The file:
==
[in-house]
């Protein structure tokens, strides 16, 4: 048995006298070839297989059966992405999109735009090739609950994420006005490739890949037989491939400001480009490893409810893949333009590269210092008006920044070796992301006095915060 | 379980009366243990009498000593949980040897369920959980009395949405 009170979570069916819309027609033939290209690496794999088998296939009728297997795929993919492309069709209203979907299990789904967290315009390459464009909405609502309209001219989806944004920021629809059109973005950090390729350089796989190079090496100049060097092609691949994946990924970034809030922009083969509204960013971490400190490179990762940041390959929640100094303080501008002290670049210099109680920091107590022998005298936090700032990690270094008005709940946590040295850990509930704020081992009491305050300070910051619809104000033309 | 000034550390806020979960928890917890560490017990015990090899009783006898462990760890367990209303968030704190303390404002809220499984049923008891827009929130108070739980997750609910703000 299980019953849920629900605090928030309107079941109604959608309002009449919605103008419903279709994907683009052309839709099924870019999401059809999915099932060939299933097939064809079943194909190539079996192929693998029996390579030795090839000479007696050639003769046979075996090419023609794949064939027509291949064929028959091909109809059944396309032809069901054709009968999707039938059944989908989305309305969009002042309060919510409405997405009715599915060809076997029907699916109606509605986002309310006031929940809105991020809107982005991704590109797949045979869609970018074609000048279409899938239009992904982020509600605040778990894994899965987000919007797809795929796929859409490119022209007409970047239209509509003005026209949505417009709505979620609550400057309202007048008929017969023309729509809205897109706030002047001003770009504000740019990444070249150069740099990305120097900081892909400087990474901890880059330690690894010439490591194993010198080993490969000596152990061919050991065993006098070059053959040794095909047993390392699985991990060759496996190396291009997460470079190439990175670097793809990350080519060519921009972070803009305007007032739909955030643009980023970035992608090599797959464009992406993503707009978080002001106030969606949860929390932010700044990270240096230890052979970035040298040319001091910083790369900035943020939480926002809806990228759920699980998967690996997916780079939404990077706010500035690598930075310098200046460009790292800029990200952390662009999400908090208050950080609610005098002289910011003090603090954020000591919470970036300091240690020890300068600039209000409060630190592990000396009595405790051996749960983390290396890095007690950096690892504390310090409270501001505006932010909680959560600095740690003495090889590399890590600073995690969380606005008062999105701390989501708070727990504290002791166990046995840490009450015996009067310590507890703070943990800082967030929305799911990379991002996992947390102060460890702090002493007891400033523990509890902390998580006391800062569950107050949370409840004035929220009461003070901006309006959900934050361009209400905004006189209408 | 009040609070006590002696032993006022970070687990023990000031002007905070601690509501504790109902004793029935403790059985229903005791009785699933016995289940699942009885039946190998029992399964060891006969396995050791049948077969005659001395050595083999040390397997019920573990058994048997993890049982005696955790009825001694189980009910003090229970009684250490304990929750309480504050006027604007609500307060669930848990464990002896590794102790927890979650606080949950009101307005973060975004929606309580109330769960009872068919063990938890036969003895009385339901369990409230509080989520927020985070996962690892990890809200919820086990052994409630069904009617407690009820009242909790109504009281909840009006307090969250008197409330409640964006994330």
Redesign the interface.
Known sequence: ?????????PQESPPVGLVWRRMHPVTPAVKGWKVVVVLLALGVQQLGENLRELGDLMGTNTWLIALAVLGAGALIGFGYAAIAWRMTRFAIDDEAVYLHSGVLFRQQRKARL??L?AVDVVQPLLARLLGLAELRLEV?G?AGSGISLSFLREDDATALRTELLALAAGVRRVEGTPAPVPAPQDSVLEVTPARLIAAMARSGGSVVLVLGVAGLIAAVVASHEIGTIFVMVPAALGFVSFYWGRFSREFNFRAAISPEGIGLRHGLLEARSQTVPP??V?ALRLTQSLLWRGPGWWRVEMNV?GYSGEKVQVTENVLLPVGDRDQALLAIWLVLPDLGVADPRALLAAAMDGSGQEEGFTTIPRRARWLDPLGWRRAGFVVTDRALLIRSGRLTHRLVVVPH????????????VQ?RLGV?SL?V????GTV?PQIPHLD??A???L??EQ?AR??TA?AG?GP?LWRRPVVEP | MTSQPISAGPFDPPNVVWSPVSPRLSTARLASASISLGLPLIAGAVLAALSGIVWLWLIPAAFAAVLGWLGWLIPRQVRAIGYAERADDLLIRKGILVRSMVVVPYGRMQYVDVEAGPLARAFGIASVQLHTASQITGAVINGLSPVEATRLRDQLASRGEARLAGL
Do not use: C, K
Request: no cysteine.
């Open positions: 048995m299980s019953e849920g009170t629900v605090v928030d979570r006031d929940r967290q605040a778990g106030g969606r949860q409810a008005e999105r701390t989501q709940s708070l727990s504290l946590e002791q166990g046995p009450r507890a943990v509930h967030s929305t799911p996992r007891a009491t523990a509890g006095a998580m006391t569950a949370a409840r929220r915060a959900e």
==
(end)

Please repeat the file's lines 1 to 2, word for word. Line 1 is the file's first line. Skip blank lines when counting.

[in-house]
């Protein structure tokens, strides 16, 4: 048995006298070839297989059966992405999109735009090739609950994420006005490739890949037989491939400001480009490893409810893949333009590269210092008006920044070796992301006095915060 | 379980009366243990009498000593949980040897369920959980009395949405 009170979570069916819309027609033939290209690496794999088998296939009728297997795929993919492309069709209203979907299990789904967290315009390459464009909405609502309209001219989806944004920021629809059109973005950090390729350089796989190079090496100049060097092609691949994946990924970034809030922009083969509204960013971490400190490179990762940041390959929640100094303080501008002290670049210099109680920091107590022998005298936090700032990690270094008005709940946590040295850990509930704020081992009491305050300070910051619809104000033309 | 000034550390806020979960928890917890560490017990015990090899009783006898462990760890367990209303968030704190303390404002809220499984049923008891827009929130108070739980997750609910703000 299980019953849920629900605090928030309107079941109604959608309002009449919605103008419903279709994907683009052309839709099924870019999401059809999915099932060939299933097939064809079943194909190539079996192929693998029996390579030795090839000479007696050639003769046979075996090419023609794949064939027509291949064929028959091909109809059944396309032809069901054709009968999707039938059944989908989305309305969009002042309060919510409405997405009715599915060809076997029907699916109606509605986002309310006031929940809105991020809107982005991704590109797949045979869609970018074609000048279409899938239009992904982020509600605040778990894994899965987000919007797809795929796929859409490119022209007409970047239209509509003005026209949505417009709505979620609550400057309202007048008929017969023309729509809205897109706030002047001003770009504000740019990444070249150069740099990305120097900081892909400087990474901890880059330690690894010439490591194993010198080993490969000596152990061919050991065993006098070059053959040794095909047993390392699985991990060759496996190396291009997460470079190439990175670097793809990350080519060519921009972070803009305007007032739909955030643009980023970035992608090599797959464009992406993503707009978080002001106030969606949860929390932010700044990270240096230890052979970035040298040319001091910083790369900035943020939480926002809806990228759920699980998967690996997916780079939404990077706010500035690598930075310098200046460009790292800029990200952390662009999400908090208050950080609610005098002289910011003090603090954020000591919470970036300091240690020890300068600039209000409060630190592990000396009595405790051996749960983390290396890095007690950096690892504390310090409270501001505006932010909680959560600095740690003495090889590399890590600073995690969380606005008062999105701390989501708070727990504290002791166990046995840490009450015996009067310590507890703070943990800082967030929305799911990379991002996992947390102060460890702090002493007891400033523990509890902390998580006391800062569950107050949370409840004035929220009461003070901006309006959900934050361009209400905004006189209408 | 009040609070006590002696032993006022970070687990023990000031002007905070601690509501504790109902004793029935403790059985229903005791009785699933016995289940699942009885039946190998029992399964060891006969396995050791049948077969005659001395050595083999040390397997019920573990058994048997993890049982005696955790009825001694189980009910003090229970009684250490304990929750309480504050006027604007609500307060669930848990464990002896590794102790927890979650606080949950009101307005973060975004929606309580109330769960009872068919063990938890036969003895009385339901369990409230509080989520927020985070996962690892990890809200919820086990052994409630069904009617407690009820009242909790109504009281909840009006307090969250008197409330409640964006994330």